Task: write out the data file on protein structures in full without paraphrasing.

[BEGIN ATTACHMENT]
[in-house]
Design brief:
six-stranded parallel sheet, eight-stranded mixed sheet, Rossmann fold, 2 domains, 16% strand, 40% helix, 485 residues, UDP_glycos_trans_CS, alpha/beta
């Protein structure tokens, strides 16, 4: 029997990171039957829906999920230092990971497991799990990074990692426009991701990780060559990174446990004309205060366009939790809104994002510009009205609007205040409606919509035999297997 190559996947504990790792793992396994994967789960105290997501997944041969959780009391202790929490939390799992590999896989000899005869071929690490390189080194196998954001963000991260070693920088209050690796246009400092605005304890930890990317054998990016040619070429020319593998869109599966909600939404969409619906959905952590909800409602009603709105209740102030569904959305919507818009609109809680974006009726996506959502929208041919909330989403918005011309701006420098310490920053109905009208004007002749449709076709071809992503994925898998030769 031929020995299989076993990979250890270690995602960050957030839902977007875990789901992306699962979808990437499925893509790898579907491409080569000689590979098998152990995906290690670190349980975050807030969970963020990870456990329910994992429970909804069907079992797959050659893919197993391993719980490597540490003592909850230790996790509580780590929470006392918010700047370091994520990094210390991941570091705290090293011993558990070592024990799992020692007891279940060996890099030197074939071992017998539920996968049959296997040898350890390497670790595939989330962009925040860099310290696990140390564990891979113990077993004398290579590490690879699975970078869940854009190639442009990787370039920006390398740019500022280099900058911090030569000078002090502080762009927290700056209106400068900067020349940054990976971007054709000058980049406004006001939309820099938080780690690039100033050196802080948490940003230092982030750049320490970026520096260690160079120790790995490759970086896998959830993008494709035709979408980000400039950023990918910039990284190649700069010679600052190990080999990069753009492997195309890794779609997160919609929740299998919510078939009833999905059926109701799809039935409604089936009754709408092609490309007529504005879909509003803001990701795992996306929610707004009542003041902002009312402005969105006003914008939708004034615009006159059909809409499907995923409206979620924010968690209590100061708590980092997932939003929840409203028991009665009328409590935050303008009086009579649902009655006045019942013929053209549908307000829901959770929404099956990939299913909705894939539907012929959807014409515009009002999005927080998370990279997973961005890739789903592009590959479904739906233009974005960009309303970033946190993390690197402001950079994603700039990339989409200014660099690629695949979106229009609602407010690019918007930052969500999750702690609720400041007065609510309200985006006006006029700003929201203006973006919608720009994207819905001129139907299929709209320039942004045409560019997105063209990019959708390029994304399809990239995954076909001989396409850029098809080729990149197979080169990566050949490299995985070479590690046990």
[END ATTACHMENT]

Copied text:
[in-house]
Design brief:
six-stranded parallel sheet, eight-stranded mixed sheet, Rossmann fold, 2 domains, 16% strand, 40% helix, 485 residues, UDP_glycos_trans_CS, alpha/beta
């Protein structure tokens, strides 16, 4: 029997990171039957829906999920230092990971497991799990990074990692426009991701990780060559990174446990004309205060366009939790809104994002510009009205609007205040409606919509035999297997 190559996947504990790792793992396994994967789960105290997501997944041969959780009391202790929490939390799992590999896989000899005869071929690490390189080194196998954001963000991260070693920088209050690796246009400092605005304890930890990317054998990016040619070429020319593998869109599966909600939404969409619906959905952590909800409602009603709105209740102030569904959305919507818009609109809680974006009726996506959502929208041919909330989403918005011309701006420098310490920053109905009208004007002749449709076709071809992503994925898998030769 031929020995299989076993990979250890270690995602960050957030839902977007875990789901992306699962979808990437499925893509790898579907491409080569000689590979098998152990995906290690670190349980975050807030969970963020990870456990329910994992429970909804069907079992797959050659893919197993391993719980490597540490003592909850230790996790509580780590929470006392918010700047370091994520990094210390991941570091705290090293011993558990070592024990799992020692007891279940060996890099030197074939071992017998539920996968049959296997040898350890390497670790595939989330962009925040860099310290696990140390564990891979113990077993004398290579590490690879699975970078869940854009190639442009990787370039920006390398740019500022280099900058911090030569000078002090502080762009927290700056209106400068900067020349940054990976971007054709000058980049406004006001939309820099938080780690690039100033050196802080948490940003230092982030750049320490970026520096260690160079120790790995490759970086896998959830993008494709035709979408980000400039950023990918910039990284190649700069010679600052190990080999990069753009492997195309890794779609997160919609929740299998919510078939009833999905059926109701799809039935409604089936009754709408092609490309007529504005879909509003803001990701795992996306929610707004009542003041902002009312402005969105006003914008939708004034615009006159059909809409499907995923409206979620924010968690209590100061708590980092997932939003929840409203028991009665009328409590935050303008009086009579649902009655006045019942013929053209549908307000829901959770929404099956990939299913909705894939539907012929959807014409515009009002999005927080998370990279997973961005890739789903592009590959479904739906233009974005960009309303970033946190993390690197402001950079994603700039990339989409200014660099690629695949979106229009609602407010690019918007930052969500999750702690609720400041007065609510309200985006006006006029700003929201203006973006919608720009994207819905001129139907299929709209320039942004045409560019997105063209990019959708390029994304399809990239995954076909001989396409850029098809080729990149197979080169990566050949490299995985070479590690046990």